Apr 02, 2013 8:00 AM

Author: Melinda Susan Rogers Whetham


Rich and Carrie Greenberg knew there was room for more in the Holladay home they’d built with their two children, Zach and Samantha.

A physician who works in pediatric emergency medicine at Primary Children’s Hospital and also teaches at the University of Utah School of Medicine, Rich has seen his share of tough cases, including children placed into foster care because of difficult circumstances at home. Empathy for kids in need of a caring family and a desire to bring a new sibling into the lives of their own children, ages 7 and 9, prompted the Greenbergs to sign up to become foster parents through the Utah Foster Care Foundation.

The family never realized, however, just how life would change the day they met Marla Rae, a 1-year-old who stole their hearts from the moment they met her.

Foster care workers had contacted the Greenbergs after Marla was admitted to Primary Children’s Medical Center more than a year ago with several medical problems. With Rich’s medical background, social workers thought the family could be the perfect fit for tiny Marla, who had been severely neglected by her biological family.

It didn’t take long for the Greenbergs to decide to bring Marla home. But the decision came with a set of challenging medical conditions and the need to adapt to everyday life with a medically fragile child.

Marla had been classified as “failure to thrive,” meaning that she’d lost a significant amount of weight. Doctors had inserted a nasogastric or NG tube to feed the girl, who was unable to eat on her own because she’d developed an oral aversion.

The Greenbergs learned that Marla had been born prematurely and received her first NG tube at birth. She later transitioned to a bottle, but her biological family didn’t understand how to care for the girl’s needs. Marla suffered from severe reflux and spit up constantly. She wasn’t given the opportunity to properly eat and drink when she was being supplemented with the NG tube while in the care of her biological family, who didn’t realize they were causing trauma by taking the girl’s NG tube in and out every time she ate.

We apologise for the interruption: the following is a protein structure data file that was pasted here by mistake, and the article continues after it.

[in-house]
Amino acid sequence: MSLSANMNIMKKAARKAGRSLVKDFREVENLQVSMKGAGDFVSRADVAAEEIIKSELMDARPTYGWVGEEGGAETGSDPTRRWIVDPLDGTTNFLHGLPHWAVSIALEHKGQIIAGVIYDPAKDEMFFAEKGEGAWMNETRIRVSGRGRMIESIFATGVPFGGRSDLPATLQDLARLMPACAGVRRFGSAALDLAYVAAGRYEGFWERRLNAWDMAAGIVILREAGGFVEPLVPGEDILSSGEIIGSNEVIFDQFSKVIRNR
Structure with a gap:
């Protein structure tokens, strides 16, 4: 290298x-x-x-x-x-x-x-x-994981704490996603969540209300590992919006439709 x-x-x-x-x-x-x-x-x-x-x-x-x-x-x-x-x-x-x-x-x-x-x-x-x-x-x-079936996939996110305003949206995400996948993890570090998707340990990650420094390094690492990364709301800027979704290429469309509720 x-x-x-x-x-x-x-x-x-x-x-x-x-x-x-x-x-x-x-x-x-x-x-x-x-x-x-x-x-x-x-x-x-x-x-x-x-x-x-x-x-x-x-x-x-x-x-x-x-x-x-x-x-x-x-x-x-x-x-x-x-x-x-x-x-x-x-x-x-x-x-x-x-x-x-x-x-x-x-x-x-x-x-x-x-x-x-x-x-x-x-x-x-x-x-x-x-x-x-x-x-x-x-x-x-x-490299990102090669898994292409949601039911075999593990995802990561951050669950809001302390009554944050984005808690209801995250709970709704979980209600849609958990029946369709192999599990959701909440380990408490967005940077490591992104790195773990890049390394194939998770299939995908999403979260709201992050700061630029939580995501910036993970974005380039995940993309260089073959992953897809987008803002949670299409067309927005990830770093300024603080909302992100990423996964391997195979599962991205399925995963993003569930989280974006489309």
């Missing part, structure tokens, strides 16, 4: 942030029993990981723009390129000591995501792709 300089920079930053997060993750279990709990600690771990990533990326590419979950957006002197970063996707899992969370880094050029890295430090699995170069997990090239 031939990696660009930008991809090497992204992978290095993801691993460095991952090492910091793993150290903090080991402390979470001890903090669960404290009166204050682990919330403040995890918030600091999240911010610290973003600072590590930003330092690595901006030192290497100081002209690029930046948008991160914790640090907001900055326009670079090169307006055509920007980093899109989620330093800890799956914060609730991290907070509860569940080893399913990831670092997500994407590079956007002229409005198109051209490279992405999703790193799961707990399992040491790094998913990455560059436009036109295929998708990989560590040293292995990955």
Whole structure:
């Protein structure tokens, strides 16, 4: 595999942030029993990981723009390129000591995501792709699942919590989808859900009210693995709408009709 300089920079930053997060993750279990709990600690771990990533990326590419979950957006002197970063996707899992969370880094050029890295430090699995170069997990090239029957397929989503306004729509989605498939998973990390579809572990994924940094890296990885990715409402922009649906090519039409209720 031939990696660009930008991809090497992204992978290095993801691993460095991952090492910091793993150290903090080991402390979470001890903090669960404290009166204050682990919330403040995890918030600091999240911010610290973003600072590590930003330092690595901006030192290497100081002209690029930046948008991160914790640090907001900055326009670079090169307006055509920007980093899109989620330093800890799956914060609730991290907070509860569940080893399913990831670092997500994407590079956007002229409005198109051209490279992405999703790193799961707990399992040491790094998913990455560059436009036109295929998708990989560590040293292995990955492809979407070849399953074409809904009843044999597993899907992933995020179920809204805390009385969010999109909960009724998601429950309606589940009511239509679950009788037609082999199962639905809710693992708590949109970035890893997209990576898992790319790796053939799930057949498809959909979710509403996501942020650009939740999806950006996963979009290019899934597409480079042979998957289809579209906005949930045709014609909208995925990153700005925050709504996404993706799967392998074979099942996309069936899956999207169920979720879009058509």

By the time Marla arrived at Primary Children’s Medical Center and was placed into foster care, she was terrified to let anyone touch her face, because of the trauma she'd previously suffered.

The Greenbergs weren’t daunted by their new foster daughter’s challenges. They saw a chance to make a difference in the little girl’s life and brought her home, giving her affection that at first seemed like a foreign concept to the toddler.

“If you put your hand on her cheek, if you went to give her a kiss, if you did anything … she’d have a screaming fit,” Rich recalls. “She’d bat her hands and wouldn’t let you near her face because she was traumatized.”

The family noticed other worrisome behavior that pointed to neglect. When they put Marla in her crib for the night or to take a nap, as an 18-month-old, she didn’t protest.

“She didn’t play, she didn’t say a word. She closed her eyes, laid still like a statue and went to sleep,” says Rich. “Initially we thought, ‘Oh, what a great sleeper. And then we began to realize ‘this is not normal.’”

Day by day, Marla began to trust her new family. The Greenbergs stood by her as she underwent a hip surgery and alterations to her NG tube. Doctors also determined that Marla would need a surgical procedure called Nissen fundoplication to treat her gastroesophageal reflux disease wrapping her stomach around her esophagus.

The procedures were successful and the Greenbergs tended to Marla as she recovered in a spica cast, which kept her stabilized from her chest to her ankles. After a month in the cast, she moved into a brace for 2 to 3 months and soon began a regimen of physical, occupational and speech therapy.